The Lady Duck of Doom totally agrees with this review. It was a really well crafted YA novel, avoiding the common pitfalls and cutting surprisingly deep into the abyss of humanity.

It’s that time of the month…

…when I’m wondering why I have so much Christmas decoration that I cannot put up because of the cats.

Have you ever tried having a lovely looking book tree with tinsel and fairy lights with two nosy cats? I have, last year. Ended in disaster for the tinsel and fairy lights, luckily the books escaped without much harm. This year, I had the idea of creating a Jolabokaflod book tree. If you are not familiar with the term Jolabokaflod, it’s Icelandic for Christmas book flood. The Icelandic tradition is to give and receive lots of books on Christmas Eve (that’s the brief version). So, my Plan -with a capital P- is to wrap all of the books that I have for the kids, and for myself, and put up a book tree. I’ll forego the tinsel and lights this time; better safe than sorry. What is keeping me from doing this? The amount of books I’d have to wrap. It’s somewhere around 50 or 60, I think. (Yes, I went all out.) Also, the time that goes into wrapping all those books, I would rather be reading!

I’d best be procrastinating by telling you about whether I have planned any reading for December? But first, did I get any reading done in November?

November seemed like a slow month for me, maybe it’s because I did not read twenty or more books. I’ve read/listened to The Broken Earth trilogy by N.K. Jemisin. I’ve read, and partly re-read and buddyread with my son, The Scythe trilogy by Neal Shusterman; review to come. There were a few juicy romance novels in November, which I totally blame on the foggy weather. I skimmed along the Sceptre Buddyread, The Once and Future Witches by Alix E. Harrow. We, that is the Sceptres, also read R.F. Kuang’s The Poppy War together; a review is forthcoming. I’ve managed to read a few ARCs off my NetGalley shelf, gave feedback on two beta-reads, and I read a lot of chapters from different books to my daughter.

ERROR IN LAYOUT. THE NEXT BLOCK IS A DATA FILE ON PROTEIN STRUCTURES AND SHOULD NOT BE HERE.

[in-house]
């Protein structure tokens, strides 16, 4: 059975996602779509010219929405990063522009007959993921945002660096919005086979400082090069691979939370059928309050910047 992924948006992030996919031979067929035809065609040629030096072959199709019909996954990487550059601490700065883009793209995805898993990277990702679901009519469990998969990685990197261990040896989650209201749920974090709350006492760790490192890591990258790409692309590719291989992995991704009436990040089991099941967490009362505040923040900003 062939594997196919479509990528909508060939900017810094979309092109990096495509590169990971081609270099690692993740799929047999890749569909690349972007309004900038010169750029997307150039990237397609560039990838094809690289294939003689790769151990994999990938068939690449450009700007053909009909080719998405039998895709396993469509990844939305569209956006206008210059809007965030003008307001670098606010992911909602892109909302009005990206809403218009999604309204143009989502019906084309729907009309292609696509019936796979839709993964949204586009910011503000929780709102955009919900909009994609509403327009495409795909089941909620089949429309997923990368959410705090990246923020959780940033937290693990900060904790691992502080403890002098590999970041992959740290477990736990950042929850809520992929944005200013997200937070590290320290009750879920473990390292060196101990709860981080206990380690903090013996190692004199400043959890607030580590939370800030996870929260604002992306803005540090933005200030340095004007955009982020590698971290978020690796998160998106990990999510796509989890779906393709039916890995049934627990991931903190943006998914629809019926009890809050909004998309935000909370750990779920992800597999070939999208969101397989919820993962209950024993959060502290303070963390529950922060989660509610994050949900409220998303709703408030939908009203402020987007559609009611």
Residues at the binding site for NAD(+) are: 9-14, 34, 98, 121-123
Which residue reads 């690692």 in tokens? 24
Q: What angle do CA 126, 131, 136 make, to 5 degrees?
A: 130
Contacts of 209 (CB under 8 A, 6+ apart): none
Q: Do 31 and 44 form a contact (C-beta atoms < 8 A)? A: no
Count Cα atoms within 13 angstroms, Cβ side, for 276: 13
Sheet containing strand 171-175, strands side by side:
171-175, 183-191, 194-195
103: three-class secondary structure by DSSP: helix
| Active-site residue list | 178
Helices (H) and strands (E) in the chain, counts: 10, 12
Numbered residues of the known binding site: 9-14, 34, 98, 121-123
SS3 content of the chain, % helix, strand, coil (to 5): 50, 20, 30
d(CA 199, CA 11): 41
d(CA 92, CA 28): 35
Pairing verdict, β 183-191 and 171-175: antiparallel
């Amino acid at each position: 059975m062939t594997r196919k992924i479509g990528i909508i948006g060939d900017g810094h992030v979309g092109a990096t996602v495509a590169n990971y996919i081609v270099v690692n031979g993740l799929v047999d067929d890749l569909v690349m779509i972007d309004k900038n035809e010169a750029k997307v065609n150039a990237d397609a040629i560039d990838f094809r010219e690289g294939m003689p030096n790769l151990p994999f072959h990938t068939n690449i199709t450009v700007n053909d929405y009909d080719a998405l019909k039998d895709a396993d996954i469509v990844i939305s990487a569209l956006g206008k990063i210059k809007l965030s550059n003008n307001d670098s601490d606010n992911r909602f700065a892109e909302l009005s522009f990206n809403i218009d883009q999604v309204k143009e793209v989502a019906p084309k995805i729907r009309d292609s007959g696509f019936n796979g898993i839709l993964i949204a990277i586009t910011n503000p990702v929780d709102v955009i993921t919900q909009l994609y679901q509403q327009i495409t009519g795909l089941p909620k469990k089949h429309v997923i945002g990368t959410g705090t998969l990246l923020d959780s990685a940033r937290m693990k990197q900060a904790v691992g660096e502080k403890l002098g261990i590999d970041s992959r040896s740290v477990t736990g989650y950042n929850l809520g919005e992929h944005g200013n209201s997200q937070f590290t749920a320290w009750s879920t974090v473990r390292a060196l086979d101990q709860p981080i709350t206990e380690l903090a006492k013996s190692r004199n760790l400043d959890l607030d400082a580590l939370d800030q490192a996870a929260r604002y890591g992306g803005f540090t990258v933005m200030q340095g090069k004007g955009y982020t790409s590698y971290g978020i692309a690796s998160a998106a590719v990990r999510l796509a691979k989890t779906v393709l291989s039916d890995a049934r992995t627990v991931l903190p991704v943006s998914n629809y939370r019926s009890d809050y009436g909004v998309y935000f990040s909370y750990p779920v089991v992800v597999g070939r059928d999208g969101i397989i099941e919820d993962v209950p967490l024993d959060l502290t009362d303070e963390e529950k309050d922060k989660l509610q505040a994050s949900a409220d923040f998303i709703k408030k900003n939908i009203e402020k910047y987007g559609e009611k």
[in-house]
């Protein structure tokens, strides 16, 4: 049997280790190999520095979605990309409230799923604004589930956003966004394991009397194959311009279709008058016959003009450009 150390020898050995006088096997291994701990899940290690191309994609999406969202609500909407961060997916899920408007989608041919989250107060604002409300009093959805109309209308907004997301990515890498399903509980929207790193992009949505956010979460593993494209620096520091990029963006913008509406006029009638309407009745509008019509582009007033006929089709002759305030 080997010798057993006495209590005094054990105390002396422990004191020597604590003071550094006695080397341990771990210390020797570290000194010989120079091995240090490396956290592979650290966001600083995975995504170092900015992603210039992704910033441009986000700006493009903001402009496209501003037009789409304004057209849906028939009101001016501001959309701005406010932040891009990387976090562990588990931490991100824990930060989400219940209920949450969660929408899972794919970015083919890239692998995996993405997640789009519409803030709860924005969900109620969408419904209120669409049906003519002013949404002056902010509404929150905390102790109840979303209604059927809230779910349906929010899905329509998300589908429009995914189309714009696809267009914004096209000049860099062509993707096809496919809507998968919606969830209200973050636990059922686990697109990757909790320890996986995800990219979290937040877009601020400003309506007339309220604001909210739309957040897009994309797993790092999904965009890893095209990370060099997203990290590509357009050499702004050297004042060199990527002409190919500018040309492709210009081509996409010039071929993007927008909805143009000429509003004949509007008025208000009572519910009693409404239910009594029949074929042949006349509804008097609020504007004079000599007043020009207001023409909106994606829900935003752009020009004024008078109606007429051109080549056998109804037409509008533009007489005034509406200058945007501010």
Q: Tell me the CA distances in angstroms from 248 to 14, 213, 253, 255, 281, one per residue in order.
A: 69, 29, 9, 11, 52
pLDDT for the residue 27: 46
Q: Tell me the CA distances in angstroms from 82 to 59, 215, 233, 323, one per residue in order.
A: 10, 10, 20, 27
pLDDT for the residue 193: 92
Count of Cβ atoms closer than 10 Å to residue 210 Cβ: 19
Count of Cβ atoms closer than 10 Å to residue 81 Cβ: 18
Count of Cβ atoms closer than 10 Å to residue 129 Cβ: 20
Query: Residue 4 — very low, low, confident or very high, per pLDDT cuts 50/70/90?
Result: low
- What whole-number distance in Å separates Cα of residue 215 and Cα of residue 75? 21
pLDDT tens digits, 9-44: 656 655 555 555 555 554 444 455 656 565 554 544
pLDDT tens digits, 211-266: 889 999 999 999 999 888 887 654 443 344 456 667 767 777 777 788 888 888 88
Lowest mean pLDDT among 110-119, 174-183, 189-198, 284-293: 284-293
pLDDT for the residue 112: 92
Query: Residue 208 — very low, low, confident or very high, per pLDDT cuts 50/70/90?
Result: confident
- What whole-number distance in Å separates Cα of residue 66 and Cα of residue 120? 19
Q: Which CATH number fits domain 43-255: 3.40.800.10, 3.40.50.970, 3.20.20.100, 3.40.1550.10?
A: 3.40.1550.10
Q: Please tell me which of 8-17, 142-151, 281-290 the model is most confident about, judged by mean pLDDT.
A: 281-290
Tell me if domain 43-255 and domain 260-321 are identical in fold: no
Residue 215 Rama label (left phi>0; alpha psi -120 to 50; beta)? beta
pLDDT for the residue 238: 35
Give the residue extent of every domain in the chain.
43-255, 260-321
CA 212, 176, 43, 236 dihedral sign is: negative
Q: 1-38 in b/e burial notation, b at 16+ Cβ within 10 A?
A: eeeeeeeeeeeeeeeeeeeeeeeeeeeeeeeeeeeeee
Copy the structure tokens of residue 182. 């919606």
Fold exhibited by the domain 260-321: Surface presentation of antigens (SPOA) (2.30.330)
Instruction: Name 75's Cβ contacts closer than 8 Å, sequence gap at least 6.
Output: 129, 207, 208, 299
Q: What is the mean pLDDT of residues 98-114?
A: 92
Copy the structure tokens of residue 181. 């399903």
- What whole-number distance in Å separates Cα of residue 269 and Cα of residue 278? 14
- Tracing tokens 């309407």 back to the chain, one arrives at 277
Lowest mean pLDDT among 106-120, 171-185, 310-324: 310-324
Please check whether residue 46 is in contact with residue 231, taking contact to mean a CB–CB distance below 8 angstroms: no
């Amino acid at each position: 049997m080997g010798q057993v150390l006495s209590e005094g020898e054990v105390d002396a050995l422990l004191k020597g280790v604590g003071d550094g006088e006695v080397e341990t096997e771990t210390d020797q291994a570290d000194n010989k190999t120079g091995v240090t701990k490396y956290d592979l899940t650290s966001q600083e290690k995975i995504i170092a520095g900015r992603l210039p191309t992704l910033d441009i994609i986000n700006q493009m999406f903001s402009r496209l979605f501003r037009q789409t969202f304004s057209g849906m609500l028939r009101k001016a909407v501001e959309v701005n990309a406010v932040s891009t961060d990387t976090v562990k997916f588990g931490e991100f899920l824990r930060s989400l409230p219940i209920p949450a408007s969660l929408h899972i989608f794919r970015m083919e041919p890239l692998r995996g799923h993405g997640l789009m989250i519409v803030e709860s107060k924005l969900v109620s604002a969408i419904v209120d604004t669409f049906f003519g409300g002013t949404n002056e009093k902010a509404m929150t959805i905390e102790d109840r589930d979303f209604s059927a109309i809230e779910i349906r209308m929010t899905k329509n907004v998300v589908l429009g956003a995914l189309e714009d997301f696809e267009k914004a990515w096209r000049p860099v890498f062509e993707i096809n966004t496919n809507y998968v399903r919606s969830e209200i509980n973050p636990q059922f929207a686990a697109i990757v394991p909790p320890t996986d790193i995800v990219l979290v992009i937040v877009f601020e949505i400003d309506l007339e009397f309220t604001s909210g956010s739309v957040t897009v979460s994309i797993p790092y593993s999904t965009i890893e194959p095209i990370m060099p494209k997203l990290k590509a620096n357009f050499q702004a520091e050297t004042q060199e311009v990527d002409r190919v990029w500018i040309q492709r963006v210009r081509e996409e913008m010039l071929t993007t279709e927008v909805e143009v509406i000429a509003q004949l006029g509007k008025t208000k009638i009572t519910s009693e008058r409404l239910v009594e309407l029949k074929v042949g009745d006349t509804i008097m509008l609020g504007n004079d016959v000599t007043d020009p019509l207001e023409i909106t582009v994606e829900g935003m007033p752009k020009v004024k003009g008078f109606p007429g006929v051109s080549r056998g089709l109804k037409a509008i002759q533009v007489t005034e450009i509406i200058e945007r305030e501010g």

In December I plan to read that slim volume of Twelve Angry Men by Reginald Rose for my postal book club. There is the Sceptre Buddyread, which is lying right next to me, but since TheMarquessMagpie and TheLadyDuckOfDoom haven’t got their books yet, I am keeping mum about the title. [ETA: they both got their copies, we all know what the title is; you’ll find out in our title reveal post] There will, of course, be more books to read, but I don’t know what I will pick at this moment. There will be ARCs, that’s for sure, there might be some books that have collected actual and virtual dust over the past months/years. I’ll tell you in January.

For now I am off. There are books to be wrapped, tinsel to be stuffed into a cat prove box, biscuit dough to be prepared. I’ll put on an audiobook to entertain me, can’t waste precious reading time on listening to the ticking of the clock.

Better late than never #1 …

…or how I eventually picked up a series that had been recommended to me felt ages ago. (BTW, this is going to be an ongoing series, I have a lot of catching up to do.)

The Broken Earth Trilogy by N.K. Jemisin was, as I mentioned above, recommended to me. When I found myself spoilt for choice with what to read next, I picked up the first book, The Fifth Season.

It was a bit tricky to get into the story. The different POV took some time to get used to, but when it finally clicked and made sense, I flew through the rest of the book and immediately picked up the next one, The Obelisk Gate. Which I then chased with the last book, The Stone Sky.

The world-building and magic system are what most people rave about. I would like to describe it, but I am sure I’d botch it up and/or give too much away. Let’s just say, the raving is justified.

What I truly liked about the series is that the main character is a woman in her forties, who has already experienced so many bad and good things in her live and now has to find her daughter and somehow save the world on her quest.

Once there were three witches

The Once and Future Witches by Alix Harrow, publishing date October 15, 2020.

After reading The Ten Thousand Doors of January, I was happy to be approved for the ARC for Alix Harrow’s next book. A book about witches.